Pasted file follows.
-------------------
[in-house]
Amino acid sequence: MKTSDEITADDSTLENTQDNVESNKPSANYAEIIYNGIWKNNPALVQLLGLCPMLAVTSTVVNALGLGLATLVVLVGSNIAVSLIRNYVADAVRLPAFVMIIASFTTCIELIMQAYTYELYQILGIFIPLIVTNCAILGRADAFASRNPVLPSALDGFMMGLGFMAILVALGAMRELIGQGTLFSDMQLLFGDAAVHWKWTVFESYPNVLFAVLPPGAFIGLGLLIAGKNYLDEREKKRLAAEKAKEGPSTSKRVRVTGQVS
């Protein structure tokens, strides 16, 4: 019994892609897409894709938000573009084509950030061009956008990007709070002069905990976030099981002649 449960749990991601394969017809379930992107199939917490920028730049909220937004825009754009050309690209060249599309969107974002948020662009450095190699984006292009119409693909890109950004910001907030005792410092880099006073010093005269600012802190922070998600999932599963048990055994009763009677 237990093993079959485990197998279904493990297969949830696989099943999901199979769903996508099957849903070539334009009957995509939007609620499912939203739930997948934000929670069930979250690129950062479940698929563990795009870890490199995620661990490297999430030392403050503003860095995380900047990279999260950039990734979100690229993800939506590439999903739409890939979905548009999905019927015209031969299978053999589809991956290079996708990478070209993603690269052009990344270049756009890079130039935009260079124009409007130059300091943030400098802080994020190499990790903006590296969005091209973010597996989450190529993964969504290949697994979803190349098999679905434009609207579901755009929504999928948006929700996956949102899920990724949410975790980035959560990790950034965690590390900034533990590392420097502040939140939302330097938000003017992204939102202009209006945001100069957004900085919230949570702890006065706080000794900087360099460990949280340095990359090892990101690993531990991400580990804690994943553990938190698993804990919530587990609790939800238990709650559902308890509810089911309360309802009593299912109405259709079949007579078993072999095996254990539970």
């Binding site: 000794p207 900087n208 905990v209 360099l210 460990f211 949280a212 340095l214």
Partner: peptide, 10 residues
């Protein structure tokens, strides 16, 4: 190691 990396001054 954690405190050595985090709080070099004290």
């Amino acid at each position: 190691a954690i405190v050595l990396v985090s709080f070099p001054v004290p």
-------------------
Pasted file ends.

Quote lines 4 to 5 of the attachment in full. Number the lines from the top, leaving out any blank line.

């Binding site: 000794p207 900087n208 905990v209 360099l210 460990f211 949280a212 340095l214």
Partner: peptide, 10 residues